"It was only evident once the thing broke open," he says. "It was like borer or a piece of rot inside wood."
Shouldn't the company have picked up the problem when it inspected the ship before bringing it across the world to New Zealand?
No, says Davis, because it was not visible and there was nothing about the repair in the ship's available records.
"We were very unlucky."
CAUSES AND CONSEQUENCES
So what has caused the jinx of the Aratere?
Captain John Brown, a now- retired but long-serving captain on the ferries, sailed the Aratere to New Zealand from the Barreras Shipyard in northwest Spain.
The ship was not properly finished, he says. "It should really have had another two or three months in the shipyard, probably."
The problems began in the journey Down Under.
"We drifted around the Atlantic for about a day with no engines," he recalls. "And then we went on one engine all the way to Panama. We were there for a week trying to fix that up.
"The other engine had broken down before we got to Wellington. We came into Wellington on one engine."
Brown, who oversaw other railway ferries when they were built in Europe, thinks things would have been handled differently if the company had been still in state ownership.
He had been to pick up a couple of the ferries before "under railways management and they were beautiful ships".
"They [Railways] made sure everything was all right." They would have ensured the problems were sorted out before the ship set sail for New Zealand.
Barreras was a good shipyard, he believes. And the ship included many examples of advanced technology.
"The bridge equipment was the best you could get but it came from a whole lot of manufacturers in China and so on."
Putting it all together was probably a very difficult job for the Spanish shipyard, Brown says.
TranzRail, the new private owner of Railways and the rail ferries, was keen to cut costs in the business. Many saw Railways and the ferries as overmanned and the staff overpaid.
But the Interislander's Thomas Davis doesn't buy the idea that cost-cutting went too far and produced a problematic ship.
"If [private owner TranzRail] were really concerned about costs then I suggest they could have just carried on running the [older ferries] Aratika and the Arahunga," he said.
"If you wanted a low-cost approach you could have saved yourself what the ship cost [reportedly $106m]. But they didn't. They said, 'We're going to make an investment in Cook Strait' - and they actually invested quite a lot of money."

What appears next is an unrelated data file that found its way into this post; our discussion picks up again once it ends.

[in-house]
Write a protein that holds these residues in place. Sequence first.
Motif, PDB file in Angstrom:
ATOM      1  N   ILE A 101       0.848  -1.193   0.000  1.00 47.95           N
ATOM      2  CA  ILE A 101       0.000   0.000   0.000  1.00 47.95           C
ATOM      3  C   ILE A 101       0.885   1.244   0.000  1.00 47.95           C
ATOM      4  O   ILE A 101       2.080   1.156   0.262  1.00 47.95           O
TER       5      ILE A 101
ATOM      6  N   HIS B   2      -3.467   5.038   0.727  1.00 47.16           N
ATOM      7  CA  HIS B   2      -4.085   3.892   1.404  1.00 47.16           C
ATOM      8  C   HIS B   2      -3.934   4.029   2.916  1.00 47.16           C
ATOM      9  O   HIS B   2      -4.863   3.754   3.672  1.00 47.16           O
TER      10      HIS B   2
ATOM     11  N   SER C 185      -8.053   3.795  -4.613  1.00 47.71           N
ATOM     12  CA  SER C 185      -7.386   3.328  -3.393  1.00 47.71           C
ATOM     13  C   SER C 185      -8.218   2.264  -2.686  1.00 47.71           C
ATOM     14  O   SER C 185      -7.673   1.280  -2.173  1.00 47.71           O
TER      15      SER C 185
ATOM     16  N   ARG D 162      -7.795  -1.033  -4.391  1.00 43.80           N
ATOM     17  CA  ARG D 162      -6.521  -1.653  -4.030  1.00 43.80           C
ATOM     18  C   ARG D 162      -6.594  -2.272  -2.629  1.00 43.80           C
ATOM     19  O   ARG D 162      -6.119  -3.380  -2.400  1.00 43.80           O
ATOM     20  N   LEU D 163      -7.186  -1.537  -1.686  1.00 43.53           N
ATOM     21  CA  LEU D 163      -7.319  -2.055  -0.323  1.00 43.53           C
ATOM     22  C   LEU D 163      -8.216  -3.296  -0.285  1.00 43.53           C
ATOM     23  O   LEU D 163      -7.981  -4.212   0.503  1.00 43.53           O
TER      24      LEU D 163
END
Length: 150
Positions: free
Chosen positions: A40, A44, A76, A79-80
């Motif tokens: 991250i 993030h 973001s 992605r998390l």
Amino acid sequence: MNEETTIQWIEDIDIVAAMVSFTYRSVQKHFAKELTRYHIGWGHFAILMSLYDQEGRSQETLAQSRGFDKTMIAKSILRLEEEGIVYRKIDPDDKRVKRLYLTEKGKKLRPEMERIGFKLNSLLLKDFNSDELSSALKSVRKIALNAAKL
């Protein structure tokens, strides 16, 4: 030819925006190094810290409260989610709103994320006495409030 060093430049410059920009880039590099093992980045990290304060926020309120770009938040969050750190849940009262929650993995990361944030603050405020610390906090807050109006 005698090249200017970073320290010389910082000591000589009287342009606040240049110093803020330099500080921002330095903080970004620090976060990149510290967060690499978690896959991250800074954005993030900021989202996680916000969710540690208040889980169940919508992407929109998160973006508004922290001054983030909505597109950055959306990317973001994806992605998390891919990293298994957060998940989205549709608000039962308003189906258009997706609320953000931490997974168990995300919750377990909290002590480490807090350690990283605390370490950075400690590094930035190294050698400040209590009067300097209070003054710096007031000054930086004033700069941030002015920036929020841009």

In hindsight, however, "they could have done better".
And that is surely an understatement. "The name 'The Lemon' didn't come from nowhere," as one senior maritime industry figure put it.
WHERE TO FROM HERE?
KiwiRail is anxious to put the Aratere's problems "in perspective". The ferry is the workhorse of the fleet, says chief executive Reidy. It does six crossings of the strait and 12 berthings a day.
"It's not like Air New Zealand, where the planes don't fly from one o'clock at night till six in the morning and you've got time to do maintenance."
The ferries are crossing one of the toughest straits in the world, he notes.
Since the ship's extension it has carried significantly more passengers and freight across Cook Strait safely and reliably, the company says.
"There has been a major improvement in Aratere's on-time performance, which was previously a significant contributor to scheduling-related disruptions."
The company is anxious to reject claims by politicians such as Winston Peters that the Aratere is unsafe.
"Safety is a critical principle of my leadership," says Reidy, and KiwiRail is committed to safety in everything it does.
The company has also said its performance compares well with its competition. Between 2011 and 2013, it says, the Interislander accounted for 64 per cent of the total crossings but only 53 per cent of the reported incidents.
And it points out that it complies with all national and international maritime rules and its ships are regularly inspected and audited by independent authorities.
The company, says Reidy, is not cavalier about safety and is transparent and open.
The loss of the Aratere's propeller was "regrettable", he says. "We've had a major issue on the Aratere, but anyone knowledgeable about shipping or mechanical engineering aspects know that mechanical issues happen."
And despite the problems it has with the ferry, the company says that its reputation remains sound.
It says four out of five passengers surveyed in April "rated us above average or excellent. Only 2 per cent rated us as below average or poor."
And it says recent annual brand research showed overall trust in Interislander remains strong.
It says 39 per cent of respondents trusted Interislander "a great deal", while 31 per cent trusted it "a little". Twenty per cent "neither trust nor distrusted", and 5 per cent distrusted it a little. One per cent distrusted it "a great deal".
KiwiRail clearly wants to put the saga of the Aratere behind it. "We need to move on," says Reidy.
The company's problem, however, is that the Aratere has a long history of trouble and its loss of a propeller only six months ago was an extraordinary event. It was, says Brown, "amazing".
Given all this, it will probably be some time before the public is ready to "move on".
The Dominion Post